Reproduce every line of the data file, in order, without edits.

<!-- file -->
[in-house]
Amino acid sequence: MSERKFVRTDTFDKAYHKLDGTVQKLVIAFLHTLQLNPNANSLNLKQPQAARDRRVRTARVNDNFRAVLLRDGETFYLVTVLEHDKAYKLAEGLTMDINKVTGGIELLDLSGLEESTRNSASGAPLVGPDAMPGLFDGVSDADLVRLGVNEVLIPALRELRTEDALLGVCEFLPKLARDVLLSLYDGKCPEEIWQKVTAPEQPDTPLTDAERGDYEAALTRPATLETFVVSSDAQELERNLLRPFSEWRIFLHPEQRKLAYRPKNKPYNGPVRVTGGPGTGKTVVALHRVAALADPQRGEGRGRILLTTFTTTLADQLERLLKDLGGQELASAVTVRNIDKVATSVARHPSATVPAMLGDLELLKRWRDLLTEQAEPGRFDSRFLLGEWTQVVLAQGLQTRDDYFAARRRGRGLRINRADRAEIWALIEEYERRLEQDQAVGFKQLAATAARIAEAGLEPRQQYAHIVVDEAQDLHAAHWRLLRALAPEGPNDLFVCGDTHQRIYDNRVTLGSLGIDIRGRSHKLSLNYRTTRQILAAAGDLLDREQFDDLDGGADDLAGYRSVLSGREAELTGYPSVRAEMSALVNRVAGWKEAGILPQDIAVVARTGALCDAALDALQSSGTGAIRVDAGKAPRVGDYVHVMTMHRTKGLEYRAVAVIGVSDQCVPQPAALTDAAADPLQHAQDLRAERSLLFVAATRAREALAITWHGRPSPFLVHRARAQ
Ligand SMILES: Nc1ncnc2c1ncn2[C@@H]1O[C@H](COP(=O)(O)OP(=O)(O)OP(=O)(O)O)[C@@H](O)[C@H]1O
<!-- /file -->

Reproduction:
[in-house]
Amino acid sequence: MSERKFVRTDTFDKAYHKLDGTVQKLVIAFLHTLQLNPNANSLNLKQPQAARDRRVRTARVNDNFRAVLLRDGETFYLVTVLEHDKAYKLAEGLTMDINKVTGGIELLDLSGLEESTRNSASGAPLVGPDAMPGLFDGVSDADLVRLGVNEVLIPALRELRTEDALLGVCEFLPKLARDVLLSLYDGKCPEEIWQKVTAPEQPDTPLTDAERGDYEAALTRPATLETFVVSSDAQELERNLLRPFSEWRIFLHPEQRKLAYRPKNKPYNGPVRVTGGPGTGKTVVALHRVAALADPQRGEGRGRILLTTFTTTLADQLERLLKDLGGQELASAVTVRNIDKVATSVARHPSATVPAMLGDLELLKRWRDLLTEQAEPGRFDSRFLLGEWTQVVLAQGLQTRDDYFAARRRGRGLRINRADRAEIWALIEEYERRLEQDQAVGFKQLAATAARIAEAGLEPRQQYAHIVVDEAQDLHAAHWRLLRALAPEGPNDLFVCGDTHQRIYDNRVTLGSLGIDIRGRSHKLSLNYRTTRQILAAAGDLLDREQFDDLDGGADDLAGYRSVLSGREAELTGYPSVRAEMSALVNRVAGWKEAGILPQDIAVVARTGALCDAALDALQSSGTGAIRVDAGKAPRVGDYVHVMTMHRTKGLEYRAVAVIGVSDQCVPQPAALTDAAADPLQHAQDLRAERSLLFVAATRAREALAITWHGRPSPFLVHRARAQ
Ligand SMILES: Nc1ncnc2c1ncn2[C@@H]1O[C@H](COP(=O)(O)OP(=O)(O)OP(=O)(O)O)[C@@H](O)[C@H]1O